An Interview with Reese Thompson
Hi Reese, so where ya from & where ya at, Geographically speaking?
I grew up in Queens, New York. Currently I’m living in downtown Brooklyn. Lots of hipsters with strollers and prams. There’s always a new artisan cafe or gym about to open.
When did you first realise you could write for the stage?
When I saw people in the audience laugh instead of fall asleep. It took a long time to get there though. Also, when people walk out because they’re offended. Obviously, I’d rather people stick around and like the play. What I tell myself is that it’s preferable to total indifference. I hope I’m not being delusional.
Which playwrights have inspired you?
Chekhov, August Wilson, Caryl Churchill, George Bernard Shaw, Joe Orton, Ibsen. Not the most original list, but each is like their own planet. I can keep returning and never stop finding reasons to love and be fascinated. I also love Simon Stephens, Brian Friel, Paula Vogel, Chris Shinn, Young Jean Lee, Tarell Alvin McCraney, Suzan Lori-Parks. All for different reasons. I’m also inspired by people like Pina Bausch, Ariane Mnouchkine, David Lynch. I could go on. A strong cup of coffee can be very inspiring also. Also, I’m someone who’s in a constant state of excitement over some writer I’m either discovering or re-discovering. Right now I’m obsessing over the Brontë sisters. If I had to choose, I think Emily would be my favorite.
What does Reese Thompson like to do when he’s not being theatrical?
Watch cat videos on youtube, hang out in bars with friends, try not to feel depressed about the world, obsess. I’m kind of boring.
You have poetry in your blood, does this transfer into your writing for the stage?
The short answer is yes. I’m still discovering how, so maybe I’ll have a better answer in a year. Also, I was never a good poet. Poetry is so hard. It seems easy because anyone can do, but it’s also hard to be really good at it. What I can say is that years of trying to be good at it has had an influence on how I write. I think poets craft their writing in a very particular way. I also think it trains your ear. So my obsession with rhythm and syllables and word choice are things that have been hammered into me. Even writing a joke requires attention to craft that I don’t think I would have without poetry.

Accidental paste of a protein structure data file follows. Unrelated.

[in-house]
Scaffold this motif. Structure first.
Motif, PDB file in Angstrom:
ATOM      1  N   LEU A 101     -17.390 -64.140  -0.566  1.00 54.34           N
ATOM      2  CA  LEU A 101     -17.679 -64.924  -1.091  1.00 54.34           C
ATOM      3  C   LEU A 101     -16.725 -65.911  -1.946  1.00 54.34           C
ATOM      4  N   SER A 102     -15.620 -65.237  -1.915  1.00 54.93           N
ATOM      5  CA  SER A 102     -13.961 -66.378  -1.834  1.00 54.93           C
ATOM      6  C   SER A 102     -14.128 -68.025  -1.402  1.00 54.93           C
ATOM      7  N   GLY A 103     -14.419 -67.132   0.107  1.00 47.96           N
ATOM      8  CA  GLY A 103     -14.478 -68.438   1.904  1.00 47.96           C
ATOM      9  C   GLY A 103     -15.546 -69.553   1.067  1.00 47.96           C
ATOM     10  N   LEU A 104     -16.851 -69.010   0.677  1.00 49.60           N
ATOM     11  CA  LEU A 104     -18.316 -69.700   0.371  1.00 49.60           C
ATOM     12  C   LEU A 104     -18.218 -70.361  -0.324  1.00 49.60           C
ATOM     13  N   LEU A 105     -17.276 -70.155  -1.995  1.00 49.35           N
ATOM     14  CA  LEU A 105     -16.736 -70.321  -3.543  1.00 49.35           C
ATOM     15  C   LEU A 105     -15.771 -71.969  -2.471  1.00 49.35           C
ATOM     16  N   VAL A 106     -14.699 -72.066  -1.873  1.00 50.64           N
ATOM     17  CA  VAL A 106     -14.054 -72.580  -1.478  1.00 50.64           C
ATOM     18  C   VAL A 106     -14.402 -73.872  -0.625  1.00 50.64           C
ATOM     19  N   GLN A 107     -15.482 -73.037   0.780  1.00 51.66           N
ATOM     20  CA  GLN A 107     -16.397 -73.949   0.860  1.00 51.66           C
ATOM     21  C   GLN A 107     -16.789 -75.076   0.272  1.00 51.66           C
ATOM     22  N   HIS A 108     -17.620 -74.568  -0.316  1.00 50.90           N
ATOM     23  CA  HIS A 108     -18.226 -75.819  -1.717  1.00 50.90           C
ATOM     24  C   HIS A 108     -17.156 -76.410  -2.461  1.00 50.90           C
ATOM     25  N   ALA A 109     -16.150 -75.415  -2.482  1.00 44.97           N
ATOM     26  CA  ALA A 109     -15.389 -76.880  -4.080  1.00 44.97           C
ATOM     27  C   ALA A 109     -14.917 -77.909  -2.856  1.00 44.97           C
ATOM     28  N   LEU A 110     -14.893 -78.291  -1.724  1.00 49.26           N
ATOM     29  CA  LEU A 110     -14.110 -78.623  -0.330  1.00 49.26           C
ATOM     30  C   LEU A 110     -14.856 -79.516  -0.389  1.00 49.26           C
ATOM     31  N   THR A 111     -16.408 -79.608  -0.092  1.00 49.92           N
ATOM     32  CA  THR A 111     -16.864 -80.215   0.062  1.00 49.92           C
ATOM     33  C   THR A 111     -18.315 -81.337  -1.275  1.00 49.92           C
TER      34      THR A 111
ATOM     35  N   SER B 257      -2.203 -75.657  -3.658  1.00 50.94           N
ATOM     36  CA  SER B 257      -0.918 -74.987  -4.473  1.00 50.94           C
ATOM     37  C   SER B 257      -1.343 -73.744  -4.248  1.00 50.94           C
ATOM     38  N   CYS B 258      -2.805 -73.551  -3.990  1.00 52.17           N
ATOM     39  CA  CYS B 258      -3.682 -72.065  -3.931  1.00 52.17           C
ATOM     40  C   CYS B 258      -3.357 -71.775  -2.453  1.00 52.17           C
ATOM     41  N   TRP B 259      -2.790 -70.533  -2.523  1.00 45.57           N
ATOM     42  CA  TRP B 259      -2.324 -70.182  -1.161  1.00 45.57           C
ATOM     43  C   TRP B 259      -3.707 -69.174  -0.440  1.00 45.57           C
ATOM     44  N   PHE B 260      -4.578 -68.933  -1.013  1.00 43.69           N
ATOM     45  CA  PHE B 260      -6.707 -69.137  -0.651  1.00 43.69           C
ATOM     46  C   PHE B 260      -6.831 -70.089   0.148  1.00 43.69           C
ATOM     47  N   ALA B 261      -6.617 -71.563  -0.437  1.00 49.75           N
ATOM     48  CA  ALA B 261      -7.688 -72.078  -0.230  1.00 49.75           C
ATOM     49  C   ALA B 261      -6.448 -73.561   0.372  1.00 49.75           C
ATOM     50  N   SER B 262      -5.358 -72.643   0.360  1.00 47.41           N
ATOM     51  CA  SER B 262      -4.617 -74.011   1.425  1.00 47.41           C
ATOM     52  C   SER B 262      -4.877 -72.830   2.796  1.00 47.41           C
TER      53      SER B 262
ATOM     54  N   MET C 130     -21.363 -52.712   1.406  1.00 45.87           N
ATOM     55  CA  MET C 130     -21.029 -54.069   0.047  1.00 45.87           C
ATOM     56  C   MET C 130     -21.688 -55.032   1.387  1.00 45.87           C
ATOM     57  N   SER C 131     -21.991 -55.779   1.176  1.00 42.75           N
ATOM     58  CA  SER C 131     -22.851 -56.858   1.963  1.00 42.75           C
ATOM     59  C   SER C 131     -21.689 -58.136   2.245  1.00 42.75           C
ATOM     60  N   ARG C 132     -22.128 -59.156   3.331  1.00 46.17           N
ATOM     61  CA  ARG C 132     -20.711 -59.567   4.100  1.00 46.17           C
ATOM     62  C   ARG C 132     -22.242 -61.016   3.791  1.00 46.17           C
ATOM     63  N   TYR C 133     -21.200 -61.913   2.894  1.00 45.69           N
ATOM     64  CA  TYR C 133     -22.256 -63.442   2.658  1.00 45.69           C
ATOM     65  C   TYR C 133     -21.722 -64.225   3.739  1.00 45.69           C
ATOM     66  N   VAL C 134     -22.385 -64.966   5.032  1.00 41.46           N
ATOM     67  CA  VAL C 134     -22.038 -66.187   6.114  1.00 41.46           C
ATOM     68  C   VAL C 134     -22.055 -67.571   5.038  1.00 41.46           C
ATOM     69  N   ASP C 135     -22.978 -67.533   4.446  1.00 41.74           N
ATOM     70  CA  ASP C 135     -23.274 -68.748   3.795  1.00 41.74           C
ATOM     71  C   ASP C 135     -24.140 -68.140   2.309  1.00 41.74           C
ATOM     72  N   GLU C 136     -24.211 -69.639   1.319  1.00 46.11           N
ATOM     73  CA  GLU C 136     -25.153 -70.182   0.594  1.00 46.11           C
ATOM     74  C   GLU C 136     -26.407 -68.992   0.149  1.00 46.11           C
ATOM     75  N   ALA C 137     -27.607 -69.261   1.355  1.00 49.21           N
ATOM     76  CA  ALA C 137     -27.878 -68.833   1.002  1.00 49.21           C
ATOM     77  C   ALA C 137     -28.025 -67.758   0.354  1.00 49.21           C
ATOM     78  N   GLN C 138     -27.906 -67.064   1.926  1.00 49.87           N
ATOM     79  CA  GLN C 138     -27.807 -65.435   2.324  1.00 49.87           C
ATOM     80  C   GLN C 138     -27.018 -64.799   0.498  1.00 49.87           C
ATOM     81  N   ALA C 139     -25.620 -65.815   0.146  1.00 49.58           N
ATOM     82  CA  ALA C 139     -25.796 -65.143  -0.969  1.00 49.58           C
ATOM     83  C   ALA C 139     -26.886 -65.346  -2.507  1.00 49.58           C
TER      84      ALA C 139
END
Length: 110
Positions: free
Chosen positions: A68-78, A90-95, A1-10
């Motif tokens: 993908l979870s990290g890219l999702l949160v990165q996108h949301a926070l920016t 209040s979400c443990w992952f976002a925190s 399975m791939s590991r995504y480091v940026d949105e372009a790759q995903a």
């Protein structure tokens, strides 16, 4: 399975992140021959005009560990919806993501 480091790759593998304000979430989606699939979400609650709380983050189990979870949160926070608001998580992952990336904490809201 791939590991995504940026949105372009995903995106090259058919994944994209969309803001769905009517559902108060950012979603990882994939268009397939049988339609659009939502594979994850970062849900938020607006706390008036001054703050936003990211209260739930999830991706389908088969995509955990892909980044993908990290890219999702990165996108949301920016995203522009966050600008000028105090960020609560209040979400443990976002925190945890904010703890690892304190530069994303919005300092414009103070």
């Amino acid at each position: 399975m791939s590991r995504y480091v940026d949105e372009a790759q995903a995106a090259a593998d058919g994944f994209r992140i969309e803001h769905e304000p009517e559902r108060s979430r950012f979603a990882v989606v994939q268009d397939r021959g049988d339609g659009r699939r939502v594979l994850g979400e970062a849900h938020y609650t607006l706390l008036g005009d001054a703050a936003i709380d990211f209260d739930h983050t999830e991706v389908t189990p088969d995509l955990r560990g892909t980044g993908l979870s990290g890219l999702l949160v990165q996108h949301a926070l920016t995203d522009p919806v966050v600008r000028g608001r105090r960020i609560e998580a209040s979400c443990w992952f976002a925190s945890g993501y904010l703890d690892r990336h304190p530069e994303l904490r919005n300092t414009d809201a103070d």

Have you ever been to Edinburgh before whether visiting or performing?
I haven’t. This is my first time! I’m very excited!
You have written the rather interestingly titled ‘Whore, A Kid’s Play’ which is coming to Edinburgh this August. Can you tell us about the play?
It’s definitely a title I have to earn. The play is about friendship and all the ways we become the person we end up being. With the play (and the title), I was trying to capture a time during adolescence when we’re never more innocent and vulgar at the same time. As an adult, someone can call me a fag, a whore, or a chink, and (if there’s no threat of violence) it doesn’t bother me because I know who I am and whether what they’re saying is true or not. But when you’re a kid, you don’t know yourself as much, so being called names can be a bit more scarring. Also, when you’re a kid, everything is so high-stakes. At some point it all amounts to wanting to be a juvenile delinquent of some sort. Why is that?
What does the rest of 2017 hold in store for Reese Thompson?
I wish I knew what I was doing this afternoon. Probably more writing.
Reese will be bring his creation to the Edinburgh Fringe this August
Aug 4-26 : Greenside @ Infirmary (16.05)